Casting news for the upcoming BBC adaptation of Emma: Romola Garai will play the heroine (would have preferred my darling Carey Mulligan but I like Romola - watch I Capture the Castle (read the book first, one of my favourites), Atonement, Daniel Deronda - I'm still not sure about her acting after watching her in so many movies, I can't decide if it's forced or if it's just the characters. I like her anyway but somebody new and fresh would have been good, Romola's well-known. Michael Gambon will play Mr Woodhouse, Emma's father (yay!) and the big disappointment comes from the casting of Knightley - Jonny Lee Miller (who played Edmund in the 1999 "adaptation" of Mansfield Park, it's a small world). He doesn't look the part at all. Looking forward to hearing news about Harriet, Jane Fairfax and Frank Churchill (not Rupert Friend, please).

I saw quite a few movies since the last time I posted! First of all, Mannequin (1937) directed by one of my favourite directors, Frank Borzage. This movie is right up his alley: it stars Joan Crawford as Jessie in what may be her best performance. She's married to an undeserving man who does everything he can so that she marries another rich man and then give him the money she steals from the rich man. Of course, nothing goes as expected. The rich man is played by Spencer Tracy who was more at ease in Man's Castle alongside Loreeta Young but he's still decent here. It explores Borzage's favourite theme: love as a protection against poverty. People are all the richer because they are in love. As always with Borzage, the hopelessness of life is always counterbalanced by dignity and strong characters who move on no matter what. I love him so much, it's a shame the movie has never been released on DVD.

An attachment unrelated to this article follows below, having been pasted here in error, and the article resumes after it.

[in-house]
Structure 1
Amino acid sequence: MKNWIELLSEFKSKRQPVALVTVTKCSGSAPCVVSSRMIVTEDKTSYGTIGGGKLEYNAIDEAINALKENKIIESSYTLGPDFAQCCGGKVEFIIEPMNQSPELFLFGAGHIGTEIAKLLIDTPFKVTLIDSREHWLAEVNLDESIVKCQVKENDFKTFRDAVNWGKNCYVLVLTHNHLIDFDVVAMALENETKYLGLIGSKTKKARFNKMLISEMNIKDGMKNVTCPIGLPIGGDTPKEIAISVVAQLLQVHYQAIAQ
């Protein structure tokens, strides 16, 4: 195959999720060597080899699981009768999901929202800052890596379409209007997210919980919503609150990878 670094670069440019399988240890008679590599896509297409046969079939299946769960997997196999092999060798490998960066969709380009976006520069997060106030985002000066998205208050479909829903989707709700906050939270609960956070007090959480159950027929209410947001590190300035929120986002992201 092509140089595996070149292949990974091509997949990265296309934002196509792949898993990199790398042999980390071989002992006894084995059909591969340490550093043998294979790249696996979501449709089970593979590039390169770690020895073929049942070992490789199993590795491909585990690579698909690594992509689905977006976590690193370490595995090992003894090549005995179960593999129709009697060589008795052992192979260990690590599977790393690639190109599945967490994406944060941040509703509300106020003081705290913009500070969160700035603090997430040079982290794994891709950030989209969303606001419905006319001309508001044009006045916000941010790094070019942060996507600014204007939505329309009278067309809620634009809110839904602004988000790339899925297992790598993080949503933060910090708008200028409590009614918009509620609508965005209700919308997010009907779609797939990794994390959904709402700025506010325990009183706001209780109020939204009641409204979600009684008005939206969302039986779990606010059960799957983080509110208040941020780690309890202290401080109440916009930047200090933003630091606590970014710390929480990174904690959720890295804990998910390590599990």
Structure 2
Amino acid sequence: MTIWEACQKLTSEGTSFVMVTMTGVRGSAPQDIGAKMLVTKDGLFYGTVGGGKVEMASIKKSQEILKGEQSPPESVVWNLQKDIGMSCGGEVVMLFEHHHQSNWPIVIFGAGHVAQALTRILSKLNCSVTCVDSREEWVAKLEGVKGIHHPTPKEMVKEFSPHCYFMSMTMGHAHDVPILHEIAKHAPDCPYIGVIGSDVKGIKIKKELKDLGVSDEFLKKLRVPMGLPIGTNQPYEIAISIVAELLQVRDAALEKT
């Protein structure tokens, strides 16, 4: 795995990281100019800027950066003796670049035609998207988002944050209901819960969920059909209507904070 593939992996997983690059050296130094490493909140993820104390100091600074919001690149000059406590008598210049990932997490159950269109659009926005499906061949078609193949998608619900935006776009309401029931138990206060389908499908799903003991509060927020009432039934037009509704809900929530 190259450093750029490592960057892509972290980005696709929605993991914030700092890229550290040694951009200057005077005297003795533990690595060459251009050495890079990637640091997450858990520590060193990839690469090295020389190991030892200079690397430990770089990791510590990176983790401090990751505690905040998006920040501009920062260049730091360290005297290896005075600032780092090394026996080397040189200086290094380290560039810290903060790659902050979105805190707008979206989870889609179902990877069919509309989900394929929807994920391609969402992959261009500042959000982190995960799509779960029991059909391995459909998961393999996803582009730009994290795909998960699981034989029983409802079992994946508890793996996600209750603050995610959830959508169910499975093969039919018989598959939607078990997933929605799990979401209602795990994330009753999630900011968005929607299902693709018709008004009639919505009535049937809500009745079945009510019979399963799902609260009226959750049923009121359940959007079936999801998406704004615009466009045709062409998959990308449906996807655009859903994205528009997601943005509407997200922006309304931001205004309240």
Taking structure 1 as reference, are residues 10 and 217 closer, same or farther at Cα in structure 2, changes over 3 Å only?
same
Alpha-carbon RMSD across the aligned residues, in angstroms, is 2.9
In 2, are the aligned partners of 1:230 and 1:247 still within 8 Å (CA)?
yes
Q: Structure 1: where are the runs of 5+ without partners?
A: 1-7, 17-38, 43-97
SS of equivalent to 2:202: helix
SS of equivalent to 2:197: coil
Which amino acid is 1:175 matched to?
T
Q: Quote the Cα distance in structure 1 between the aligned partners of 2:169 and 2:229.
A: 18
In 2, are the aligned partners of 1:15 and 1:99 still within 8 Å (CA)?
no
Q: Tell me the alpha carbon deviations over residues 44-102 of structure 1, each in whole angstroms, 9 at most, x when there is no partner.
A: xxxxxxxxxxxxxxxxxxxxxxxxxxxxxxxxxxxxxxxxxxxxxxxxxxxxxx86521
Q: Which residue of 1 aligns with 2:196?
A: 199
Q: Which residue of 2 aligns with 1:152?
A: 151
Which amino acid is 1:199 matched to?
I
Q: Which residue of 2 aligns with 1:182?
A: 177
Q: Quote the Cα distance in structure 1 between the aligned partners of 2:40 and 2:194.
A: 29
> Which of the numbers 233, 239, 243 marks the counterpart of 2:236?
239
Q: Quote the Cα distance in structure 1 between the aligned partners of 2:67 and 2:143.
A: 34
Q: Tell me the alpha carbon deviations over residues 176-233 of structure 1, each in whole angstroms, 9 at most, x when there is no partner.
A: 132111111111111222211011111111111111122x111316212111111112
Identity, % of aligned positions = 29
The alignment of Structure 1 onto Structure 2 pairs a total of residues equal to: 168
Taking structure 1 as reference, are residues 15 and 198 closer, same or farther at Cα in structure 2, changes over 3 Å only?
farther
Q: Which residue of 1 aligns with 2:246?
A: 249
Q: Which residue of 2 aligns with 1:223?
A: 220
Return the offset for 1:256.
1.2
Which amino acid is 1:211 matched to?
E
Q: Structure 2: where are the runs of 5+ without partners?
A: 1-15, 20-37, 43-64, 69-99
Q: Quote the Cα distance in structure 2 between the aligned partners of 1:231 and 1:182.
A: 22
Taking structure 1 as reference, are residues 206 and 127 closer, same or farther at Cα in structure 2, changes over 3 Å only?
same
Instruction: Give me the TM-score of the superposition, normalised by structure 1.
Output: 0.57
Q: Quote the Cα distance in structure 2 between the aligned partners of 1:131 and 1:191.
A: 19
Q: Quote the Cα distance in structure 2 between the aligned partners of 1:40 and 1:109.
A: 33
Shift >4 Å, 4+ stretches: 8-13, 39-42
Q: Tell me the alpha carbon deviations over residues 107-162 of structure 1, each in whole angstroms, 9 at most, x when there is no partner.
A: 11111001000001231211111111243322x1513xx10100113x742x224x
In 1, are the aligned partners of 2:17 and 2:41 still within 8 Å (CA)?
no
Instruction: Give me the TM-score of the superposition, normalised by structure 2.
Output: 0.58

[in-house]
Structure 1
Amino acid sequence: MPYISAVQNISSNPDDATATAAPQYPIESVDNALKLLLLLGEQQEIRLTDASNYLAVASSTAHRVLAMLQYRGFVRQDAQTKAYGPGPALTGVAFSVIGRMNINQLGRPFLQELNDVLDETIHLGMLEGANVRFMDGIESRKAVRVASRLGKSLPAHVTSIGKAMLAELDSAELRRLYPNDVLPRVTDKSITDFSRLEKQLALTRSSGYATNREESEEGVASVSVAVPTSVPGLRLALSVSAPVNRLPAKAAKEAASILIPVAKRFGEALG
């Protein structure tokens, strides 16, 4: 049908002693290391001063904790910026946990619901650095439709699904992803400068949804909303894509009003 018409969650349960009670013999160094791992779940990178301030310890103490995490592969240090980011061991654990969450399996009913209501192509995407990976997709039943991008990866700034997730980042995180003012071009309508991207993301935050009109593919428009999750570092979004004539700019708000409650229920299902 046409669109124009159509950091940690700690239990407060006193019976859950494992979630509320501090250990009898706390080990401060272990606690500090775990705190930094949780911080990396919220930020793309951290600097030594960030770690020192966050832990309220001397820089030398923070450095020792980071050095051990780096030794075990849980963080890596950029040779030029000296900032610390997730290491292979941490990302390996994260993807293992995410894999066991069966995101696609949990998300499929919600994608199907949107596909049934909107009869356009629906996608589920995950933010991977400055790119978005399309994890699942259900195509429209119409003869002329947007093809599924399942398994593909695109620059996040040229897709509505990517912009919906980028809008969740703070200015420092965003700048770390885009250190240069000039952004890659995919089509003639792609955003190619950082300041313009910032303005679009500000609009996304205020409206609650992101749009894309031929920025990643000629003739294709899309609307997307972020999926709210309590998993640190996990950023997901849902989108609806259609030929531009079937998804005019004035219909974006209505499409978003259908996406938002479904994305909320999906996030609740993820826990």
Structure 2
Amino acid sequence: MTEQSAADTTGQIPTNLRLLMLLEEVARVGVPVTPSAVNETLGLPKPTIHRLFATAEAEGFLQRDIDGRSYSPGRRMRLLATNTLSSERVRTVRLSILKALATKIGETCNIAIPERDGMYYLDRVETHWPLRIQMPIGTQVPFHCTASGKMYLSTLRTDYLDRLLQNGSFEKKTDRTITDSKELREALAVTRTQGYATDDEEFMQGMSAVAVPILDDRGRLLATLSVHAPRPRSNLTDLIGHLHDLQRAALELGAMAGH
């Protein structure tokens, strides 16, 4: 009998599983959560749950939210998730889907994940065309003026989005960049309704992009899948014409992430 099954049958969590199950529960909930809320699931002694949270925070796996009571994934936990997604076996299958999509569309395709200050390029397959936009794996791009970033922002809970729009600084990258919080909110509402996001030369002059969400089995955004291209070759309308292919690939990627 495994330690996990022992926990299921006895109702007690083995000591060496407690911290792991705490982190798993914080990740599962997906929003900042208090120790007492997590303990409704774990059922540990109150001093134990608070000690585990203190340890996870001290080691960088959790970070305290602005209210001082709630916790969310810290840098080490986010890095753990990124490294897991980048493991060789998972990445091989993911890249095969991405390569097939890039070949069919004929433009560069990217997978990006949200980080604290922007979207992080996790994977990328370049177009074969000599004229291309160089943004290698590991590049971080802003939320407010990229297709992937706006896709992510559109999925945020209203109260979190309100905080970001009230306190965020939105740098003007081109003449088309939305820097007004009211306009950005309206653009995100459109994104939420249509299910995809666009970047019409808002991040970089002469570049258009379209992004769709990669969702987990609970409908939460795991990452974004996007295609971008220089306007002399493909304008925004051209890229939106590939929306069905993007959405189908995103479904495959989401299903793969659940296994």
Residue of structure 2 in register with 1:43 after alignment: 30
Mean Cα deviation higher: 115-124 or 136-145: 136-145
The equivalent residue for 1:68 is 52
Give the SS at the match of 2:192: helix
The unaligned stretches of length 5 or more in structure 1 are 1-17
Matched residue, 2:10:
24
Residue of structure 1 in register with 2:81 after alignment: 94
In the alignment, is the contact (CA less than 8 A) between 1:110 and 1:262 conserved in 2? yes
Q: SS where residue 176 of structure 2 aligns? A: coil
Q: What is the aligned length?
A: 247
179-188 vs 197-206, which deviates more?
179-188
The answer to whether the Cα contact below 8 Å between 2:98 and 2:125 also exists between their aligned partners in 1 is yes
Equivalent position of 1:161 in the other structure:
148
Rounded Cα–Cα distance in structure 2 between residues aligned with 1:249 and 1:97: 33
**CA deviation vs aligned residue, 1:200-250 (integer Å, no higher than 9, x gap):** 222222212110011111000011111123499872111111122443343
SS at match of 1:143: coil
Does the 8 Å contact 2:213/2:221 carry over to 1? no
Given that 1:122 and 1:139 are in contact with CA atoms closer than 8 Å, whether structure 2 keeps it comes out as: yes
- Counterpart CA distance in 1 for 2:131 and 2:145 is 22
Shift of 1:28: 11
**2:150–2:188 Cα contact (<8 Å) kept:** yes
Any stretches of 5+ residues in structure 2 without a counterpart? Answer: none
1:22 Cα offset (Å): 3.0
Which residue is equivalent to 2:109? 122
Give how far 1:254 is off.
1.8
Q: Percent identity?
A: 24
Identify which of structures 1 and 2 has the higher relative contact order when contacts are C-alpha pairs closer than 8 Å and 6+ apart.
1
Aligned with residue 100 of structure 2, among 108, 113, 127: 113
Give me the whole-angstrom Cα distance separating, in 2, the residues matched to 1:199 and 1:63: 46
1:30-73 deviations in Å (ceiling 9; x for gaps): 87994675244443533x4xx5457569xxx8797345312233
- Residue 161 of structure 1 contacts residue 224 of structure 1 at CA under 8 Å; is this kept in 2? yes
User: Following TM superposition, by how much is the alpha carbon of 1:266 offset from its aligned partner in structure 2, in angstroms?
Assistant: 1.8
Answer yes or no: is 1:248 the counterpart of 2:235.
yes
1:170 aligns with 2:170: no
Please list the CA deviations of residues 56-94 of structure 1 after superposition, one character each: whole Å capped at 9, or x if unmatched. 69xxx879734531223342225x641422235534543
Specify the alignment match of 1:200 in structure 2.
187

It's hard to believe it's taken me so long to watch a movie starring the Marx Brothers. I always seem to have so much to watch already, but I knew that someday I'd see one. Little did I know that I would enjoy it so much! Insanity doesn't even begin to cover it. So far, I've watched Monkey Business (1931) and Horse Feathers (1932) and plan on watching many many more. I realised the movies had the same qualities I can find in Pratchett's books: they are deeply humorous and warm, almost tender. It feels like coming home to a friend after a long day. I've also taken a habit of watching an episode of I Love Lucy before going to sleep.There are many episodes on YouTube, but not full seasons, unfortunately. Lucille Ball is incredible, it's packed with one-liners and physical comedy - again, can't believe it took me so long to discover this gem. As Sam Seaborn (a character in The West Wing, best show ever) would say, "I'll tell you what, let's forget about the fact that you're coming a little late to the party and embrace the idea that you showed up at all." Hear, hear!

Lucille Ball and Harpo Marx

And here's an episode of I Love Lucy (Lucy Writes a Play, 1x17) for your viewing pleasure (part 2 is here, last part here):

I felt completely foolish when I discovered I had never posted any Frank Sinatra here. This is just wrong. I prefer his more swingy stuff to his jazzy renditions but his voice does give me the butterflies no matter what he's singing. Plus, he died the day I turned ten. Is this a sign or what?
On January 27, 1961, Sinatra played a benefit show at Carnegie Hall for Martin Luther King, Jr. and would go on to play a major role in the desegregation of Nevada hotels and casinos in the 1960s. Sinatra led his fellow members of the Rat Pack and label-mates on Reprise in refusing to patronize hotels and casinos that wouldn't allow black singers to play live or wouldn't allow black patrons entry. He would often speak from the stage on desegregation.
I think the compilation Nothing but the Best is just what it says it is. My three favourite songs sung by him are The Way You Look Tonight, New York, New York and Luck be a Lady, which are just perfect on this CD. So here it is for you. Have a wonderful week!

If I can make it there, I'll make it anywhere
It's up to you - New York, New York

You gotta love livin', baby, 'cause dyin' is a pain in the ass.
~Frank Sinatra~